Crisis looming in South China Sea
Posted on November 20th, 2015

Janaka Perera

Two Asian countries with which Sri Lanka has strong relations are now at logger heads. The possibility of it leading to a proxy war in the South China Sea (SCS) cannot be ruled out unless the tension building up in the region can be defused.

The SCS is one of the world’s most important shipping lanes.  China continuing its construction of artificial islets off the disputed Spratly islands has become one of the bones of contention.

The crisis has pushed Vietnam closer to the U.S. the very country against which the Vietnamese fought a decade-long war which ended 45 years ago.   At the time China was backing the Vietnam National Liberation Front. Sri Lanka gave her strong moral support to Vietnam during her liberation struggle.

Since the end of the Cold War alliances have changed for the better or worse.  In the post-World War II years the focus of the U.S. and its allies was ‘containing Communism’. Now American policy is ‘containing China.’

Former Senior Sri Lankan Diplomat Bandu De Silva states: In an irony of fate (in history) Vietnam is now arming herself with U.S. weapons to counter China….India too is joining the fray to supply arms to Vietnam which is seen as an aspect of Sino-Indian competition”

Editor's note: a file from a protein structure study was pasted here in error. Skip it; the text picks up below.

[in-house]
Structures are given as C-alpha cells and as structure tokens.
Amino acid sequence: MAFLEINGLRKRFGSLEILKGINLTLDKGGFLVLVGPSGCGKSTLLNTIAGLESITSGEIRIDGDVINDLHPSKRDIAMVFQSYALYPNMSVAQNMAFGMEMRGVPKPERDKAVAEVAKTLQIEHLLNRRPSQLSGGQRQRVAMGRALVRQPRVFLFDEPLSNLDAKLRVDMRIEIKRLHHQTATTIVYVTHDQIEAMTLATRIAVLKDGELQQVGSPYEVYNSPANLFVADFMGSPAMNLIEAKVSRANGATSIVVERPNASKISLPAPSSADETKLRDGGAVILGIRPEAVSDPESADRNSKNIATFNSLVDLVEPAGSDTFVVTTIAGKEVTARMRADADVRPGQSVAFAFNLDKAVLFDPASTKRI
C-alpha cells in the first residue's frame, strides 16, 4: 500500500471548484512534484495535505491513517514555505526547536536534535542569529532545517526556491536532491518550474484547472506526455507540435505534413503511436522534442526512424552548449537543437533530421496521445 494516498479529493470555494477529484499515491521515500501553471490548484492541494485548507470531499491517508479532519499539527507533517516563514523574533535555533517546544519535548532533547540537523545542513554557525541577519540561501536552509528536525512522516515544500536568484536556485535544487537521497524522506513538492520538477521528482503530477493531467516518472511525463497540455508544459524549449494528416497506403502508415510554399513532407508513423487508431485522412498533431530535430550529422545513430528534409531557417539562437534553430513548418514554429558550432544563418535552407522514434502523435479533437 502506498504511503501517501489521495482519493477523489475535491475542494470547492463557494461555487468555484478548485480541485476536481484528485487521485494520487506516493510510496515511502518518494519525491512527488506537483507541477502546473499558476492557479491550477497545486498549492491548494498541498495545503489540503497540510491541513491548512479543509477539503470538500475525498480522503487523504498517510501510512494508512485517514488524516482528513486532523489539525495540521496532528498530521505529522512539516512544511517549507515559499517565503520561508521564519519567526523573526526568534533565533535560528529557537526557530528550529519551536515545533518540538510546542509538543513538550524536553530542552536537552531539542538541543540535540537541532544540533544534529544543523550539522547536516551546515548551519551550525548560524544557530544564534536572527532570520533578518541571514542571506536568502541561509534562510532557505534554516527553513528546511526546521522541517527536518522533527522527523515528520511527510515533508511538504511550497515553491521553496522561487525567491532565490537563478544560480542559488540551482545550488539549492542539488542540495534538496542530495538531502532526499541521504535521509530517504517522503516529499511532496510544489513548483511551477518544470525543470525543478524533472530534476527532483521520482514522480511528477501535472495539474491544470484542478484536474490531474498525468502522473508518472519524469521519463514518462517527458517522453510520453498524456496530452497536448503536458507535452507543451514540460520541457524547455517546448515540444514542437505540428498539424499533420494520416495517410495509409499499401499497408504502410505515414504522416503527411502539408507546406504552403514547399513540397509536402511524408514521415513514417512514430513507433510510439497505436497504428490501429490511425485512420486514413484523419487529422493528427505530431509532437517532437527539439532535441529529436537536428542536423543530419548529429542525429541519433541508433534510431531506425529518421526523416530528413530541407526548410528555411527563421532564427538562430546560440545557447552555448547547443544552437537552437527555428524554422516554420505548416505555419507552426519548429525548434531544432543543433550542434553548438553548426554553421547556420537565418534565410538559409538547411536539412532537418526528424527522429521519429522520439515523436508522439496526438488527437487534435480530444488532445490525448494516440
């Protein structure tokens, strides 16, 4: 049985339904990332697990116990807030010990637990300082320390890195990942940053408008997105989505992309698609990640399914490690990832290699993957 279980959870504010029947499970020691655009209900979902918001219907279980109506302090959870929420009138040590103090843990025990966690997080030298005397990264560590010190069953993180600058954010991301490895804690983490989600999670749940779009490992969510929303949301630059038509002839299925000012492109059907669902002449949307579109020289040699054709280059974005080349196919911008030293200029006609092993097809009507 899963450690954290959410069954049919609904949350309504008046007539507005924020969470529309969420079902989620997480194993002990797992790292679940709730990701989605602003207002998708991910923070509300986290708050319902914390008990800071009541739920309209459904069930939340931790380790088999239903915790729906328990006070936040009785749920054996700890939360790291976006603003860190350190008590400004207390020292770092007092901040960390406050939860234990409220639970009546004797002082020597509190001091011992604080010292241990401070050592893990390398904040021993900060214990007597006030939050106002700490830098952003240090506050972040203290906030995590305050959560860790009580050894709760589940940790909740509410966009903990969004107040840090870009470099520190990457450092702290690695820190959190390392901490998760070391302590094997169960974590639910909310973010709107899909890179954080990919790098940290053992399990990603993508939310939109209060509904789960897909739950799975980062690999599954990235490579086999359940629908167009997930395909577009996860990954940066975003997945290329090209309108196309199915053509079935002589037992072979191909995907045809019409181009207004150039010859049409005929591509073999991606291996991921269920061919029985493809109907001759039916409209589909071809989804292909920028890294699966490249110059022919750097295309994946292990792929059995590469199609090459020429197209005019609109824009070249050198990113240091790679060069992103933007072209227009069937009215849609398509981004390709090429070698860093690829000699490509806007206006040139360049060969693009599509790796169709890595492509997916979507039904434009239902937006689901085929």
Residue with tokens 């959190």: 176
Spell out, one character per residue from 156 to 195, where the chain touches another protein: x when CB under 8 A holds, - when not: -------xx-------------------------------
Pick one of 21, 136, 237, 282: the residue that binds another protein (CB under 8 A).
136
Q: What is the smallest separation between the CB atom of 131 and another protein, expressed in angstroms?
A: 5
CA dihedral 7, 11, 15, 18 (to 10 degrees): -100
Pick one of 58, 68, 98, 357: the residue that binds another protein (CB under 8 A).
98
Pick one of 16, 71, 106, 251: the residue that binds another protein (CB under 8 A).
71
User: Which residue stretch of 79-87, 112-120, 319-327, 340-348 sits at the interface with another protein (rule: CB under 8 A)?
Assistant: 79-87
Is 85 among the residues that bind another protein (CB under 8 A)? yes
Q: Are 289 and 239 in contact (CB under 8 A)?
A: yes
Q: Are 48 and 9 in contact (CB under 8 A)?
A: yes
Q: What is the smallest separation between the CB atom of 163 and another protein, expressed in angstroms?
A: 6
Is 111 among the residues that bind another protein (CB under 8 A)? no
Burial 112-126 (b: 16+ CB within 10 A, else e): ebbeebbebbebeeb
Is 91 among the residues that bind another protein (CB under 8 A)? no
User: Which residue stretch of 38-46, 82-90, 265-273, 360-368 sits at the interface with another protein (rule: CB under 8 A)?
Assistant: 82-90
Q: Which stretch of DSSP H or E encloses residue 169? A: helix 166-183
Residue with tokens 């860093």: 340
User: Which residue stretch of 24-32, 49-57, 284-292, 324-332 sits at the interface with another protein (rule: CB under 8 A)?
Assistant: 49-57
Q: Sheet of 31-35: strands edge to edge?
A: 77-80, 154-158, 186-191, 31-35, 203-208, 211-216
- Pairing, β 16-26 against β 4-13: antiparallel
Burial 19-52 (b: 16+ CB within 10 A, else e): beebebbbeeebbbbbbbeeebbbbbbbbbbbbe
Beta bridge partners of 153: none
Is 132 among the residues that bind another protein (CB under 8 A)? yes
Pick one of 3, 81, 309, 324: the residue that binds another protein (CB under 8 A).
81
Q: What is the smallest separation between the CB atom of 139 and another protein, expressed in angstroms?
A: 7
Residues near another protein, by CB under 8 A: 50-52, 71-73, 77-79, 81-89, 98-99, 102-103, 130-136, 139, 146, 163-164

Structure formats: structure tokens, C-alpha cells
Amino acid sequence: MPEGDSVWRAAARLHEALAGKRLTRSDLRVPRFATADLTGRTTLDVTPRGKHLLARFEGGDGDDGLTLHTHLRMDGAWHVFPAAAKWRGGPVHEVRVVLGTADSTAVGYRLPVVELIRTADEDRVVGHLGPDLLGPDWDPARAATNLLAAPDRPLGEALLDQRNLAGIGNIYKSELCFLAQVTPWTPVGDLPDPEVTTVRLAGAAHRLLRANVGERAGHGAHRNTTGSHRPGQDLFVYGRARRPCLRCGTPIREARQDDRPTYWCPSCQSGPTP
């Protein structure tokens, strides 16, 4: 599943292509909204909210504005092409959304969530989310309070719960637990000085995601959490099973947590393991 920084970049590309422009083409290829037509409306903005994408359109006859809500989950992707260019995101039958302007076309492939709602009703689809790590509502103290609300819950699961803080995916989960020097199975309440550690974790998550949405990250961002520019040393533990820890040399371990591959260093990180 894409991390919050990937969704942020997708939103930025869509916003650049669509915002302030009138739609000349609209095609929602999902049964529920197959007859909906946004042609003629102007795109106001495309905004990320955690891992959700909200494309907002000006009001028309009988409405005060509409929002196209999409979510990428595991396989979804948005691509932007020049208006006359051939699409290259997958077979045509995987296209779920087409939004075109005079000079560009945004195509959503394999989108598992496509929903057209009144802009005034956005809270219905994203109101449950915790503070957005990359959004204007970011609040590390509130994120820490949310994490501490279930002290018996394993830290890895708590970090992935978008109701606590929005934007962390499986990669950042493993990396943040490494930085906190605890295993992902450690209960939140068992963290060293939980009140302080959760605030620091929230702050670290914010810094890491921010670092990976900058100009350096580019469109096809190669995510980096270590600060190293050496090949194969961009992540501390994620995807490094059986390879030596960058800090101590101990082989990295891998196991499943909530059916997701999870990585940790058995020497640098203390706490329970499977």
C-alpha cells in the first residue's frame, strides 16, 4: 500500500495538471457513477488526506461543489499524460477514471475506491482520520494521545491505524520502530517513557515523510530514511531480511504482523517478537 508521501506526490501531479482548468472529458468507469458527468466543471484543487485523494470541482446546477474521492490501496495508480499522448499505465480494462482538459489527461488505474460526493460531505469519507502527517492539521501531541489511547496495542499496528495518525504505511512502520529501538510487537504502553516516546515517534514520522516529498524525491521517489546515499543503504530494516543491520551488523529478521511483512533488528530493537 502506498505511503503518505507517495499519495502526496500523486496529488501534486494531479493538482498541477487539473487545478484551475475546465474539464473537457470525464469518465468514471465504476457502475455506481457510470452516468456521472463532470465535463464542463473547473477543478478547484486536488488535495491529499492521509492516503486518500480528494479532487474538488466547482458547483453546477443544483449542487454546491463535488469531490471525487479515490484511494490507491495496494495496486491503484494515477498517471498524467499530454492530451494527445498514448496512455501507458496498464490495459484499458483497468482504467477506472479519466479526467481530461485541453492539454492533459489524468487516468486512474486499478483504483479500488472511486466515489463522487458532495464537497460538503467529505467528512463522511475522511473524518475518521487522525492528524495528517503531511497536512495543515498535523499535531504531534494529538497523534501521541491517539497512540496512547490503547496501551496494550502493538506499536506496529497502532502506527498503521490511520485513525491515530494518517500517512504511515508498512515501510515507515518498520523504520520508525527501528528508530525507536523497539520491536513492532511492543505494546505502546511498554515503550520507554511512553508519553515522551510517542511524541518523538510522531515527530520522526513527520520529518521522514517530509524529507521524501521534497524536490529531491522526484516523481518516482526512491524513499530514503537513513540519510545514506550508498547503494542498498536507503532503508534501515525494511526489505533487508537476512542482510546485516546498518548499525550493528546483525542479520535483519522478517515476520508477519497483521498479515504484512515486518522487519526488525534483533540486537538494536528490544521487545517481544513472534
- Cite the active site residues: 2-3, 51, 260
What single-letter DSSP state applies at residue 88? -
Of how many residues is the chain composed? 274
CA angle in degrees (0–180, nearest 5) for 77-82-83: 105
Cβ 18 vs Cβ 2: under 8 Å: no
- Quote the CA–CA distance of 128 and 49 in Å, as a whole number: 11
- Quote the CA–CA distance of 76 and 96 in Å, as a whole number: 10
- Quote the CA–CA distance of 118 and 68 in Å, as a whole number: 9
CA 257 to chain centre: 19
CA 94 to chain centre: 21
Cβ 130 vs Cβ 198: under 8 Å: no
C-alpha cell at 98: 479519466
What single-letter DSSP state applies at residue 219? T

It reflects the old saying: ‘The enemy of your enemy is your friend.’

It is understood that Japan – which has its own disputes with China – is now providing Vietnam with warships at no cost since the Japanese Constitution prevents their Self Defence Forces from engaging in overseas military operations.

According to Reuters Vietnam has also purchased three Russian built attack submarines and has three more on order as part of a $2.6 billion deal agreed in 2009.  The country’s air force too is being upgraded.

Russian-Vietnamese military cooperation is nothing new since the former Soviet Union supplied the Vietnamese with weapons to fight the French colonialists and resist U.S. military intervention which began in the 1960s.

In the current scenario the U.S. being drawn into a conflict between China and Vietnam cannot be entirely ruled out.

The last conflict the between the two countries was in 1979 when China invaded Vietnam after the latter’s troops helped to topple Cambodia’s Pol Pot regime which was backed by Beijing.